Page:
Skip to main content

Will CRA Make a Settlement to Reduce My Tax Debt?

August 24, 2020

When you are facing the harsh reality of a tax debt, you may be wondering whether the Canada Revenue Agency (CRA) will accept a settlement to reduce your tax debt. CRA does have programs where, if you qualify, CRA may cancel interest and penalties – but CRA does not have the same authority as the IRS in the USA and can never make a settlement on principal under the Income Tax Act. The only way to reduce your principal tax debt is under other Federal Legislation which has other implications and benefits. This other Federal Legislation is not the first choice and needs to be considered only when all of your other options are exhausted.

If you want to try to get the penalty and interest portion of your tax debt reduced, there are several key things to know:

  • First – and as we have mentioned – CRA will not negotiate on principal. CRA will not reduce the principal portion of your tax debt even if it would be fair and make full business sense because they have no authority to do so under the Income Tax Act. Trying to get them to lower it is a fruitless endeavour.
  • Reducing some or all of the interest and penalties associated with your tax debt can mean a significant amount of savings and make the remaining balance possible for you to repay (even if on terms)  – so it makes sense to consider Taxpayer Relief. To qualify for Taxpayer Relief you must be able to prove to CRA that an extraordinary circumstance led to the tax debt, penalties and interest or your inability to pay it.  These extraordinary circumstances include medical problems, disability, disaster, financial hardship, death, error on behalf of CRA, etc…  If you qualify, you may be able to have your interest and penalties reduced, or eliminated fully. This program can help significantly, especially since interest and penalties can get so large that they actually end up being more than the initial tax debt. However, being approved under this program is at CRA’s discretion. Relief submissions must outline not only your grounds for relief but must contain evidence to substantiate your claim. The more complete, robust and documented the submission is, the higher the likelihood is that it will be approved.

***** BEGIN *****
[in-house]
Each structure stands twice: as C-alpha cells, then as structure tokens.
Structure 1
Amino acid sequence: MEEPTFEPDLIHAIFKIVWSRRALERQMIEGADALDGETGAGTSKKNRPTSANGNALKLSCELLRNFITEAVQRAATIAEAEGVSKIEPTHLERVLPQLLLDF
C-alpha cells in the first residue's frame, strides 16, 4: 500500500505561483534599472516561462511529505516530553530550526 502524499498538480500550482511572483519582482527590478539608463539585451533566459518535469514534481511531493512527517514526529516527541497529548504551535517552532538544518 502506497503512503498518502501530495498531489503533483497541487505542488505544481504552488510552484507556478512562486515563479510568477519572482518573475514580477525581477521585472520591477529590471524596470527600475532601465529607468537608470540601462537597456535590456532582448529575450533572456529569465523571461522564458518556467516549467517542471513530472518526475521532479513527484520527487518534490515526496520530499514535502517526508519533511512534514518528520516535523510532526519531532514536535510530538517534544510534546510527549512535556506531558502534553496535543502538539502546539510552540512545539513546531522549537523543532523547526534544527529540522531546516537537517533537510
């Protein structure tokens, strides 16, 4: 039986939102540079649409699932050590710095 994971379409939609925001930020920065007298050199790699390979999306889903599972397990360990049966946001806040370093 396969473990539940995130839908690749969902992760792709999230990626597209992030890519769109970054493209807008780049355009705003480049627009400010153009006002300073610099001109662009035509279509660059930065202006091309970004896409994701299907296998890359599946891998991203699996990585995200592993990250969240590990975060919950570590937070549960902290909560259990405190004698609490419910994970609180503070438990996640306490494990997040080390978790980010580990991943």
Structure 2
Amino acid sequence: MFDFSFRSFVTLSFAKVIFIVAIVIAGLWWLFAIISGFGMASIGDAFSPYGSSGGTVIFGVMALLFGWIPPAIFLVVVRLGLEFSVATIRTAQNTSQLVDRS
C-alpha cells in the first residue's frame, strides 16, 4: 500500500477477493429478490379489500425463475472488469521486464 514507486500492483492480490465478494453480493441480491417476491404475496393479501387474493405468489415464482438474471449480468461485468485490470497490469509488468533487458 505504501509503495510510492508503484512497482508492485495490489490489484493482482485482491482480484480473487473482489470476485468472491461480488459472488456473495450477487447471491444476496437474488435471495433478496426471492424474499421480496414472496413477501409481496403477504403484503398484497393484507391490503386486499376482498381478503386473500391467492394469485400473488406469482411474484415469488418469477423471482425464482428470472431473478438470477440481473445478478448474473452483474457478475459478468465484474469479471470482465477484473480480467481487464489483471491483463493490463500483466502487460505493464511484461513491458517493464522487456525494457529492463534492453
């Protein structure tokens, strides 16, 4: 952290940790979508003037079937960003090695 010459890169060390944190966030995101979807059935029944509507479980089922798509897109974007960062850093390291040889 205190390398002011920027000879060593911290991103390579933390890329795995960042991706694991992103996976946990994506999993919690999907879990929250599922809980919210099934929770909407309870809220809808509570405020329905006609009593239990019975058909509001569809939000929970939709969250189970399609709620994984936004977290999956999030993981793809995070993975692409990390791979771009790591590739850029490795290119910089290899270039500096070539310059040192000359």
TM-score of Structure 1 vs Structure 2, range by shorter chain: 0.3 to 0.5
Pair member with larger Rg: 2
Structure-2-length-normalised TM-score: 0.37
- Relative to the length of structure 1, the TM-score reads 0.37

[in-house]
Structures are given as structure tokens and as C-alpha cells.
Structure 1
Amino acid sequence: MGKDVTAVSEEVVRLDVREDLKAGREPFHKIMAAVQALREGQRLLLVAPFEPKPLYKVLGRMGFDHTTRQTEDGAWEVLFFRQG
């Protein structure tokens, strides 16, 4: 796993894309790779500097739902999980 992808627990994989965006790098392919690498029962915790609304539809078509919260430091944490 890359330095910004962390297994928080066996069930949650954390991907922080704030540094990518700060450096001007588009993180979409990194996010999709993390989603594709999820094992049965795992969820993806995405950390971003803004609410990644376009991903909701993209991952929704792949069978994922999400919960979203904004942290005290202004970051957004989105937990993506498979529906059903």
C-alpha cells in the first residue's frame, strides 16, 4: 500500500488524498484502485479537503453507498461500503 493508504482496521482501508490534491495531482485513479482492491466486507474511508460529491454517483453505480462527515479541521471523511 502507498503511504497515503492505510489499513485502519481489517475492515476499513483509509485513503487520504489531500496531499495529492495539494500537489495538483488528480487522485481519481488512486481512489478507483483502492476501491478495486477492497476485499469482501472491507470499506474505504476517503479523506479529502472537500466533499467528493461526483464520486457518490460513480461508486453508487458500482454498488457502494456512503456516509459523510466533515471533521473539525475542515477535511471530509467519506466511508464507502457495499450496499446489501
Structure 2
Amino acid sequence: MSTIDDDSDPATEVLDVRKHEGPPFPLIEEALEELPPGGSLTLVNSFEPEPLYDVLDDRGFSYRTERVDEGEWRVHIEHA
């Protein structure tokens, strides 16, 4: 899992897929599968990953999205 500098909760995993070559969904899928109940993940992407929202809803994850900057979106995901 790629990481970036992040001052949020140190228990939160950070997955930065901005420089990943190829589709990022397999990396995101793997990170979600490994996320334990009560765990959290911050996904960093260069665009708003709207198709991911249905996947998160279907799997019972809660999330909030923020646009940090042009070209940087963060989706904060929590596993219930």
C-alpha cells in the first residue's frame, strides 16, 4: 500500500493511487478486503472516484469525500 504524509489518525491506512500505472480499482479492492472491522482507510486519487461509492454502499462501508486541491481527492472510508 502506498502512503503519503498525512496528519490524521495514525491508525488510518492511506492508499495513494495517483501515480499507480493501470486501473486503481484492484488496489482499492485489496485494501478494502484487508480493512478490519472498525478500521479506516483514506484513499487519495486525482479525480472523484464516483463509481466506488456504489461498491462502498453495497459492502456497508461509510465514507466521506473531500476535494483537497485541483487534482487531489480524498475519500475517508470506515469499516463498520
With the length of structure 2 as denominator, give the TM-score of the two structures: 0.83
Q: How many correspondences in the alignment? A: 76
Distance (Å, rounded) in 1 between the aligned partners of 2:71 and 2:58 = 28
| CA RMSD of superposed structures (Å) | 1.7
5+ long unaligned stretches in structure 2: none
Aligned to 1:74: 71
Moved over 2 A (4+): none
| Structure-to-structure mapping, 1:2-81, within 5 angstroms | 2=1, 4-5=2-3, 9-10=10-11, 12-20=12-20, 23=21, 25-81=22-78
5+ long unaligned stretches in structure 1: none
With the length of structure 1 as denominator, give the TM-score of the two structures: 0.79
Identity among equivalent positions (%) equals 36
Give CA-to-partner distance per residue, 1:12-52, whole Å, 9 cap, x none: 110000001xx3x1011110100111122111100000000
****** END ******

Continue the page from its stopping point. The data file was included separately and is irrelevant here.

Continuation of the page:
• Be careful not to say too much in your submission. We have seen people who were rejected for relief when they had grounds because they included unnecessary information that actually caused the application to be rejected.
  • If you have a medical problem and have not sought treatment – get it. Better late than never and as mentioned you must be able to substantiate your grounds for relief; seeking treatment if your grounds are medical is a good start. Depression, addiction and anxiety are three medical problems that many people struggle with and that often go untreated.
  • If there is no realistic way that you can pay the tax debt, even if the penalties were cancelled, then you may want to consult your tax professional about the process of making a consumer proposal. A consumer proposal can stop collection action, allow you to make an affordable monthly payment, freeze the interest accumulating on your tax debt and in some cases even reduce your tax debt. A tax professional that specializes in helping people with tax problems should have experience with licensed trustees and should be able to help you start the process to see if a consumer proposal is the right answer for you. It is not the right answer for everyone, but for some it provides immediate, much needed relief.

As noted above, for all of these scenarios, the best way to deal with a tax debt is to seek professional tax help. Negotiating directly with CRA can be dangerous, and the best way to keep yourself protected is by working with an organization that has experience negotiating with CRA and navigating through various CRA programs.

When you are dealing with a tax debt the worst thing that you can do is ignore it – it will not go away on its own and CRA will get more and more aggressive in their attempts to get what they believe is owed to them.  Although CRA will not accept a settlement to reduce your tax debt, there are various financial options available to individuals facing tax debts, and so exploring them is crucial. The best way (and really the only way) to reduce your tax debt is to pay it – terms can be available if the appropriate requests are made.

For more information about dealing with a tax debt, whether through a payment plan, Taxpayer Relief, or the Voluntary Disclosure Program, please contact us.